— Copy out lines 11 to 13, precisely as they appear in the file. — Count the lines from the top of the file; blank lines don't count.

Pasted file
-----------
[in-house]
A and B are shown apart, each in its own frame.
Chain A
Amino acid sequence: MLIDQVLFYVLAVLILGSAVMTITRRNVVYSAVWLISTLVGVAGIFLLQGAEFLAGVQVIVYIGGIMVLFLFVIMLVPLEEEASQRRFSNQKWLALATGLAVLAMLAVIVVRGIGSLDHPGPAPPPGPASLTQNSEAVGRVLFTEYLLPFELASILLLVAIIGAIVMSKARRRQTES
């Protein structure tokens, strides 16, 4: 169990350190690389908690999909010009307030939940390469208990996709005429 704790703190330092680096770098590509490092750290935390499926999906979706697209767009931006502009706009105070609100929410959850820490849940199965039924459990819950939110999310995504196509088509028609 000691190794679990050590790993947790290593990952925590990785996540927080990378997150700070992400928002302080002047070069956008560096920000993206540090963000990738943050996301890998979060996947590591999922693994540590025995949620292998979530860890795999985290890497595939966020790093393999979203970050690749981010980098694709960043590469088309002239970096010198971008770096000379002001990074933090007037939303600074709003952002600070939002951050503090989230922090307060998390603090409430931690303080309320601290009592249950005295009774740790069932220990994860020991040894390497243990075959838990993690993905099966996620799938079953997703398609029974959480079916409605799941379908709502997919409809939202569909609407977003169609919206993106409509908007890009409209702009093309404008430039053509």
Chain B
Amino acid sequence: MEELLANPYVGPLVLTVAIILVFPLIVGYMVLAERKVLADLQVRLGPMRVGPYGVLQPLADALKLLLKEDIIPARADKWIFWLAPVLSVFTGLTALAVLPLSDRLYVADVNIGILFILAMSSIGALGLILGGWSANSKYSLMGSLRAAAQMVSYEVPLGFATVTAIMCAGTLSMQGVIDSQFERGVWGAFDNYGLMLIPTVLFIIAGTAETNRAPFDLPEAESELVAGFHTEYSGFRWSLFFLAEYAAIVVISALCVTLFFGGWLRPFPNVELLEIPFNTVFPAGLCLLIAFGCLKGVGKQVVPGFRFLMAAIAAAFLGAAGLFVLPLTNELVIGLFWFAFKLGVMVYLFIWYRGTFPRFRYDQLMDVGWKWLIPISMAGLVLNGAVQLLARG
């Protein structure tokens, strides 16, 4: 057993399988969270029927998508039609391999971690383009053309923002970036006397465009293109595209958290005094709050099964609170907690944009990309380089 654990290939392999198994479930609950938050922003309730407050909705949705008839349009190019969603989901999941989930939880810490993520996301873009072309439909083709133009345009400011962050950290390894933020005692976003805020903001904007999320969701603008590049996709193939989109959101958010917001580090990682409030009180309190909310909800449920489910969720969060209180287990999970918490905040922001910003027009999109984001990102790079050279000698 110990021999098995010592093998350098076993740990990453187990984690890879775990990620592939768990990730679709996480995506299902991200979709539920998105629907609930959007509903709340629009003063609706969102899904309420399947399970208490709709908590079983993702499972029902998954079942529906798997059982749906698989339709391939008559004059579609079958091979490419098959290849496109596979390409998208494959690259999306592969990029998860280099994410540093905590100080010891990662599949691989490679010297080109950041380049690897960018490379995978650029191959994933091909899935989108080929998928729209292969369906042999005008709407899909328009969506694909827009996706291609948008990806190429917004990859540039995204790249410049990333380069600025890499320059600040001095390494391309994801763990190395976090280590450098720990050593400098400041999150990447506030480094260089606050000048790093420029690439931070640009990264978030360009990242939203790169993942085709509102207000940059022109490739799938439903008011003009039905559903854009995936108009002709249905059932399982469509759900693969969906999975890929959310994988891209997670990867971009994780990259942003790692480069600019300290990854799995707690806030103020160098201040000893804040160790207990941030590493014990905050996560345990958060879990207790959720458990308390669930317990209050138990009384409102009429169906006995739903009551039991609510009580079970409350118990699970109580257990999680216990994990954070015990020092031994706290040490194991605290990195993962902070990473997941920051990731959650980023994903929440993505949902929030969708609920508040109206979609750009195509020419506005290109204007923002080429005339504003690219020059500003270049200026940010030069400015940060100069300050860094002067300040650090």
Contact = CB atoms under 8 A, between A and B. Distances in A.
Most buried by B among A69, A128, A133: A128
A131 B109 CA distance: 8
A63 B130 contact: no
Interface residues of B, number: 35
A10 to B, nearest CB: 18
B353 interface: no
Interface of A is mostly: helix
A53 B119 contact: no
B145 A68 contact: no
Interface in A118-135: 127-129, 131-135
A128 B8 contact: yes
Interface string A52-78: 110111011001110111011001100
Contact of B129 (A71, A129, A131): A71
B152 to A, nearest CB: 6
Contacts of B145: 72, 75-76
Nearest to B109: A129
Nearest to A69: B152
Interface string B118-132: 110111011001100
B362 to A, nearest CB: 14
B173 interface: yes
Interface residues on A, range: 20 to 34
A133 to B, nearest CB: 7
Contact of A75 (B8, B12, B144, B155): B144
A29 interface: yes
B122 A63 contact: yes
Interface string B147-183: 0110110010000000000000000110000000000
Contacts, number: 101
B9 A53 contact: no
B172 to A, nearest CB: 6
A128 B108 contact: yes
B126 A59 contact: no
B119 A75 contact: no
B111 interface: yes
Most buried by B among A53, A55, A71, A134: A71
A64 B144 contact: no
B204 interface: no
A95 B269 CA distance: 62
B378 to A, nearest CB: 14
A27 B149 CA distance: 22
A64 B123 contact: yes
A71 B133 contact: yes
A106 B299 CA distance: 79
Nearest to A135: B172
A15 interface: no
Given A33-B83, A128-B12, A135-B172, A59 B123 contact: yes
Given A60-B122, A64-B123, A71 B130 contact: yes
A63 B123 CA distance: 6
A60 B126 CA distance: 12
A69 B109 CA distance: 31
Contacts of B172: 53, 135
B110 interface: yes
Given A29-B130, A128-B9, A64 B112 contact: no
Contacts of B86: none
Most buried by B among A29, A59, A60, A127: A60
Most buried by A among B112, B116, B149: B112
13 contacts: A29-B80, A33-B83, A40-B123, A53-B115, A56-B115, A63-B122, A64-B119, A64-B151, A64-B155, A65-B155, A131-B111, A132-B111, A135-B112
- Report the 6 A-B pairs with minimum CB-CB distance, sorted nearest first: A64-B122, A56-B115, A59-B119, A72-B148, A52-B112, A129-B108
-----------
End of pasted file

A131 B109 CA distance: 8
A63 B130 contact: no
Interface residues of B, number: 35